I'm tapping my way through a manuscript about the future of climate change here in North America.
Yes, polar bears are dying, but it's not a book about the Arctic.
With a confirmed global average of +4 degrees C warming, we now know there will be devastating consequences. The past months have given us only a taste of what's to come...
More droughts, heatwaves and megafires will sere the southwest. There will be twisters, and massive spring flooding across the south and midwest. Cities will relocate. The breadbasket and southeast will become drier than melba toast. Water shortages that now trouble 13 states will shrink America's agricultural production and carrying capacity. Heatwaves will increase until our major cities become unliveable for three months of the year.
Finally, conservative estimates of coastal flooding from rising sea levels have recently been revised. Assisted by the storm surges of north Atlantic hurricanes, from 1 to 1 1/2 meters of seawater will redraw the map of the eastern seaboard where 164 million Americans currently live.
Within the next 40 years, there will be climate migrations right here in America.
We are at a terrible turning point and I am trying to document how slow we are to recognize the danger. It's like Katrina on a national scale. I watch the media carefully for news about these things. Sometimes I see books about these subjects that provide me with fascinating new facts. At the very least they convince me I'm not crazy for looking at humanity's future on our continent with some trepidation.
Here are the best books I've found:
· Wallace Broecker's Fixing Climate
· Sing Chew's Ecological Futures
· Jared Diamond's Collapse
· Gwyne Dyer's Climate Wars
· Tim Flannery's The Weather Makers
· Thomas L. Friedman's Hot, Flat and Crowded
Antony Gidden's Politics of Climate Change
James Hoggen's Climate Cover Up (forthcoming)
· Jane Jacob's The Coming Dark Age
· Elizabeth Kolbert's Field Notes From a Catastrophe
· James Kunstler's The Long Emergency
· Mark Lynas' Six Degrees
· Cormac McCarthy's The Road
David McCay's Sustainable Energy Without the Hot Air
· George Monbiot's Heat
· Joseph Romm's Hell and High Water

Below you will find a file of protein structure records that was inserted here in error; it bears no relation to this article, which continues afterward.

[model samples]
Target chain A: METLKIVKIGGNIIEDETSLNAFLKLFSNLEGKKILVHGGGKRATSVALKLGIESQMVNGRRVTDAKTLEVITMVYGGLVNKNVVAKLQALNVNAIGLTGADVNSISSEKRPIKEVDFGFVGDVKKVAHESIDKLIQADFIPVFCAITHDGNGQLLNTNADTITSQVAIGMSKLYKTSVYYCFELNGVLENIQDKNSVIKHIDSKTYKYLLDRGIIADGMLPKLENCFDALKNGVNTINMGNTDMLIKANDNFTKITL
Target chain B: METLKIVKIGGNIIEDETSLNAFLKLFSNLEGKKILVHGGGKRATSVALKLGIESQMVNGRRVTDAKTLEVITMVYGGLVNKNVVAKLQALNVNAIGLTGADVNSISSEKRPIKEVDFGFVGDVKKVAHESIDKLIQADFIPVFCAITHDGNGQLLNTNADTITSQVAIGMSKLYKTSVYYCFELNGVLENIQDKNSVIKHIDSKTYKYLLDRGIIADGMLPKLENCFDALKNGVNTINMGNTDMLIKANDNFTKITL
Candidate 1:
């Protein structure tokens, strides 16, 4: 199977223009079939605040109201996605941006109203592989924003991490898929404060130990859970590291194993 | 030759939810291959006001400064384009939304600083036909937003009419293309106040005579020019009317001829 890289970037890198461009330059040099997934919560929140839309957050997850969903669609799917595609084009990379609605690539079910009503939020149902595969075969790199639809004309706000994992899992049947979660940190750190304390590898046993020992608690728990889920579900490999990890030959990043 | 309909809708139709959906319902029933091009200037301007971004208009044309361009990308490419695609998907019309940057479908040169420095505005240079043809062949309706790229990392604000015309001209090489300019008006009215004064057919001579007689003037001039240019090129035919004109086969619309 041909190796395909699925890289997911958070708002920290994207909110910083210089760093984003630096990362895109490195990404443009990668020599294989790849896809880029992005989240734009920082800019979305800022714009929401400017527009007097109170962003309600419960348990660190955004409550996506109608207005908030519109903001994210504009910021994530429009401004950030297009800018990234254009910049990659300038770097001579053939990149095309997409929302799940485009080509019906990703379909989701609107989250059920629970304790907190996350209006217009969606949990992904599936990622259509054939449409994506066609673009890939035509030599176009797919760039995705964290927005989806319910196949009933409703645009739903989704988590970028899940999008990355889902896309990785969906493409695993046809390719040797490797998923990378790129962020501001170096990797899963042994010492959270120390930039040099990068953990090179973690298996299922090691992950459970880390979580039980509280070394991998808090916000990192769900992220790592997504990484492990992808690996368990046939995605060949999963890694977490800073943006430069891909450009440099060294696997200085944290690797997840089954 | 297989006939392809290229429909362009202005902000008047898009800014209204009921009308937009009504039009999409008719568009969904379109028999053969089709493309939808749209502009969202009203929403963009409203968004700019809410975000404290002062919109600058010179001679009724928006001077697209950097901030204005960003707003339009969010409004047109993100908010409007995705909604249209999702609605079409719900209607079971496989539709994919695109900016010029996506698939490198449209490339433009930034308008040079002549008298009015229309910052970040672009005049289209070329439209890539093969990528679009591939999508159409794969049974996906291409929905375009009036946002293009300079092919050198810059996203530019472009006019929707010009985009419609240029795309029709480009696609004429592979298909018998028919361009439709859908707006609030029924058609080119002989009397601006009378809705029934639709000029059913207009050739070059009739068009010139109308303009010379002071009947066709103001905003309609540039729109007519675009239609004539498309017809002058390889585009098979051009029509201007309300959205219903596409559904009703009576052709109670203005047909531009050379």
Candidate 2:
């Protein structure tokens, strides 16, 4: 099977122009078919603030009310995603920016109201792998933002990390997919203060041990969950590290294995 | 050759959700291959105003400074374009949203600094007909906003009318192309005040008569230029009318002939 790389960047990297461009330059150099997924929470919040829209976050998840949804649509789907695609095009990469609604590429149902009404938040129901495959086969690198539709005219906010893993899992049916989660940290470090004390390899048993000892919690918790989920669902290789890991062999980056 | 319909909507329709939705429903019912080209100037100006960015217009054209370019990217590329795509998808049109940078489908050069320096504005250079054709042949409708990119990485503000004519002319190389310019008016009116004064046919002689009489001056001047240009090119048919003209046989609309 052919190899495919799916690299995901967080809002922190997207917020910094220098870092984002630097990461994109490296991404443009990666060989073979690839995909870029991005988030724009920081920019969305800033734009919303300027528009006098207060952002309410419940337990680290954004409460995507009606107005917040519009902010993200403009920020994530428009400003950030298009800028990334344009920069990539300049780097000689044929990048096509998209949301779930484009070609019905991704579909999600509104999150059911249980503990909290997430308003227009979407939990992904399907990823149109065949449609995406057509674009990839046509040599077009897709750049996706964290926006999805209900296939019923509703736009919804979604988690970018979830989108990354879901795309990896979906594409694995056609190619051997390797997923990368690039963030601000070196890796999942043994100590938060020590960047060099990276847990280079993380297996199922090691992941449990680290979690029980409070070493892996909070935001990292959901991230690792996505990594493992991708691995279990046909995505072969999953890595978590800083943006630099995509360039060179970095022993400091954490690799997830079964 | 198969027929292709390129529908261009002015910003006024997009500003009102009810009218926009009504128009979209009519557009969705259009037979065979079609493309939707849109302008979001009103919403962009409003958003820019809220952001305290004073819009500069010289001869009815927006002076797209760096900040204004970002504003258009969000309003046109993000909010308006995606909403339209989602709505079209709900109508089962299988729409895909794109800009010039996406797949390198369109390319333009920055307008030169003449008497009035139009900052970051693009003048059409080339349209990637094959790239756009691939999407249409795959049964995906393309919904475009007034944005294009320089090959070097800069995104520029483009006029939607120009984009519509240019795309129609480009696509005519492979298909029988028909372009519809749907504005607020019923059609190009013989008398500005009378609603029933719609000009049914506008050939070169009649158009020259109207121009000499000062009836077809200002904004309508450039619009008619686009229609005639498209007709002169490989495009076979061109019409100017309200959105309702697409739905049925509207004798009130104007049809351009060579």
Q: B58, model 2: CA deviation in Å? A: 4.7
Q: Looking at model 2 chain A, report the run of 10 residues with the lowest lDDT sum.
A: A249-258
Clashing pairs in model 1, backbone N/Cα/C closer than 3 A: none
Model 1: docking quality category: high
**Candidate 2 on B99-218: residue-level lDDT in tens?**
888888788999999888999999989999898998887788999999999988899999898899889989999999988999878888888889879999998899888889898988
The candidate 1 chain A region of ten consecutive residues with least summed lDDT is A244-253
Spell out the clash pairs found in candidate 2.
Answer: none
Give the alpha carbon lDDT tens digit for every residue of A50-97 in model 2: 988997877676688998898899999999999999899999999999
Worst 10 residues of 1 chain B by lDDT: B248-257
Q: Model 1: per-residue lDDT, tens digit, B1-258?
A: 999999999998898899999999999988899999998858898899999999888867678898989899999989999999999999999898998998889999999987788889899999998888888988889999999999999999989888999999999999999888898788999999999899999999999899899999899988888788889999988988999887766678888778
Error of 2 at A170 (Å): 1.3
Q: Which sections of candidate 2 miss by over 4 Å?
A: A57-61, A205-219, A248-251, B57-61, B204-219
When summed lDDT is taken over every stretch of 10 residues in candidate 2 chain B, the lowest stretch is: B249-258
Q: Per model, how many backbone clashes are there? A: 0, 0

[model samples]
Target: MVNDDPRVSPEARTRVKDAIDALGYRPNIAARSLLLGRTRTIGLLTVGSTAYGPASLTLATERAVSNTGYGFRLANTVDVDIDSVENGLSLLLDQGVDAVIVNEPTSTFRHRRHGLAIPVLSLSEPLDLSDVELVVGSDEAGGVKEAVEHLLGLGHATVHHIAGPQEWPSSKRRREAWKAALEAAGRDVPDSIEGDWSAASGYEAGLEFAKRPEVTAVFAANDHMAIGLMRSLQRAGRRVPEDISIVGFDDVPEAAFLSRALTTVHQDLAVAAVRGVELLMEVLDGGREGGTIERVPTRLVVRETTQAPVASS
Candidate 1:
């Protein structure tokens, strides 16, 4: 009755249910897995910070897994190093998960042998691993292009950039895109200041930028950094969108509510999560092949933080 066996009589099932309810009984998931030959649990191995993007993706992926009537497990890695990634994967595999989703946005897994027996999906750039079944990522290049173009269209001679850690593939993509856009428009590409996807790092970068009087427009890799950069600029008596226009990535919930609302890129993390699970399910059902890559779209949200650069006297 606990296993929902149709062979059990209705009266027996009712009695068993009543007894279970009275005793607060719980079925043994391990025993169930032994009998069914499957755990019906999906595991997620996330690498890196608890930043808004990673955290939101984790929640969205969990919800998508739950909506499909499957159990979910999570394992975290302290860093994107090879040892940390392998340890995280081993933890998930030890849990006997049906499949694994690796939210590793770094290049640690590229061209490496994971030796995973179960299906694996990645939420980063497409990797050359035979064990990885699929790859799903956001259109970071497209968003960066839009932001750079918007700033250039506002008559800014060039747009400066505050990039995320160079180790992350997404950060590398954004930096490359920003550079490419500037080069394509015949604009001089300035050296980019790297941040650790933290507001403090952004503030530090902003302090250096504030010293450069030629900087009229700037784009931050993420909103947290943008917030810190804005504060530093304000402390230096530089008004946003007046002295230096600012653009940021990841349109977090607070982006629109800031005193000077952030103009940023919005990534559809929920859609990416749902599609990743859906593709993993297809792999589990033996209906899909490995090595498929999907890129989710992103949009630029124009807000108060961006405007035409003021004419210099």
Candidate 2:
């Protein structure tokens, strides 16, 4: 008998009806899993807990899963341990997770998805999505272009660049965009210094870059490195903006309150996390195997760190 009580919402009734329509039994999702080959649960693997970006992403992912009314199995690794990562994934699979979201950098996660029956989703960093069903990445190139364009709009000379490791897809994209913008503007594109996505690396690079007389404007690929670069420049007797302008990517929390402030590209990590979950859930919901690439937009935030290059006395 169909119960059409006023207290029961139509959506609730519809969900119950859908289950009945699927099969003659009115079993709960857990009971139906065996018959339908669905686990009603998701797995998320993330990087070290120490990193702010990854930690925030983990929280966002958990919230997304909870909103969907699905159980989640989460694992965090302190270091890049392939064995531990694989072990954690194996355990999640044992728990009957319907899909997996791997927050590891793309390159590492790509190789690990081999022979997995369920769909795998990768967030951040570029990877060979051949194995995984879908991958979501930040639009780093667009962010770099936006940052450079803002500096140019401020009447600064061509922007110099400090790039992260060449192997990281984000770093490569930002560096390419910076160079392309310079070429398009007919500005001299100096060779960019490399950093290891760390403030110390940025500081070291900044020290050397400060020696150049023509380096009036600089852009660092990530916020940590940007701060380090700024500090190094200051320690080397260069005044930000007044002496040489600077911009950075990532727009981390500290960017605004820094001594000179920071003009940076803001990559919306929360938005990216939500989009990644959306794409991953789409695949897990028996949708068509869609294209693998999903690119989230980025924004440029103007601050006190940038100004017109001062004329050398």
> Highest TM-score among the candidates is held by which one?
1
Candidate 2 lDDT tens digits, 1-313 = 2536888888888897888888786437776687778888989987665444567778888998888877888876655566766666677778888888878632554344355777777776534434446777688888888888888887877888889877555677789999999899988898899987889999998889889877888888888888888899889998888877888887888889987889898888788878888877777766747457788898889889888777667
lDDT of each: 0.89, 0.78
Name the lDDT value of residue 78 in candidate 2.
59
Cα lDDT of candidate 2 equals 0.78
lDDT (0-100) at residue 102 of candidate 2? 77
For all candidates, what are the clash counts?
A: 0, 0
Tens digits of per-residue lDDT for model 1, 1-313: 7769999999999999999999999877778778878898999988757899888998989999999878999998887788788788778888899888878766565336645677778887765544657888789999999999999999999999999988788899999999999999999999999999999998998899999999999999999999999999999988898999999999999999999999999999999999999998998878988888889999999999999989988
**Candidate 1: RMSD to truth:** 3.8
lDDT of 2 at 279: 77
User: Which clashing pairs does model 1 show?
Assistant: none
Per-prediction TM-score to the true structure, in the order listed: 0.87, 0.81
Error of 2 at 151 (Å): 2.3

· Joseph Gustave Speth's Red Sky At Morning
Nicholas Stern's The Global Deal
· Joseph Tainter's The Collapse of Complex Societies
· Mike Tidwell's Ravaging Tide
· Andrew Weaver's Keeping Our Cool
· Alan Weisman's The World Without Us
· Chris Wood's Dry Spring
Usually I learn something from any new book, and in this way -piece by tiny piece-- I deepen my understanding of the near future. When I noticed a new book called The Next 100 Years: A Forecast For the 21st Century I imagined I might learn quite a bit. For one thing, I thought its author, George Friedman, might be connected to New York Times' columnist, Thomas L. Friedman, a favorite writer whose excellent book Hot, Flat and Crowded is included above.
That was my first disappointment.
The Next 100 Years is proof that -despite what my agent* says-- there's nothing special about writing a book. Anyone can publish anything and still ask $25.95 for it. The Next 100 Years is a dark fantasy about America's future presented as non-fiction, but since it eschews the annoying inconveniences of research and documented sources, it might just as easily be classed as apocalyptic fiction with Cormac McCarthy's The Road except that Mr. McCarthy's book is beautifully written.
Throughout The Next 100 Years there isn't a single mention of 'climate', 'climate change' or 'global warming'. Nonetheless predictions of wars with many of America's current allies -- Mexico, Turkey, Poland and Japan -- are confidently featured by this latter day Nostradamus from Texas who -- without too much effort -- might have noticed that his home state is currently troubled by several climate change extremities including massive spring floods, increasing desertification, hurricane strikes and greatly reduced freshwater levels.
Well, 'nature abhors a moron' as H. L. Mencken once wrote. I can't think of anything bad enough to say about the Next 100 Years except don't waste your money (or that of your local library) on it. I'm old-fashioned, I guess. I still believe that non-fiction writers have a duty to use whatever rostrum their writing affords to inform readers responsibly. Good writers are required to do a bit of research: so, this one's on me...
If you want to know the real shape of North America's future and of the environment's impact on the domestic security of the United States, download a .pdf document called The Age of Consquences from the Center for Strategic International Studies (CSIS) website.
This free ebook describes three scenarios -- mild, middling, extreme -- that outline the potential impacts of climate change in U.S.
Unfortunately, since we're already reached +4°C of warming, the 'mild' scenario is no longer relevant: consequently you only have to read 'middling' and 'extreme' scenarios. It's a mercifully short document about what we're really facing in the next 100 years. And, like George Friedman's execrable book, the outlook is not good.
Not good at all.
* Chris Bucci; Anne McDermid and Associates.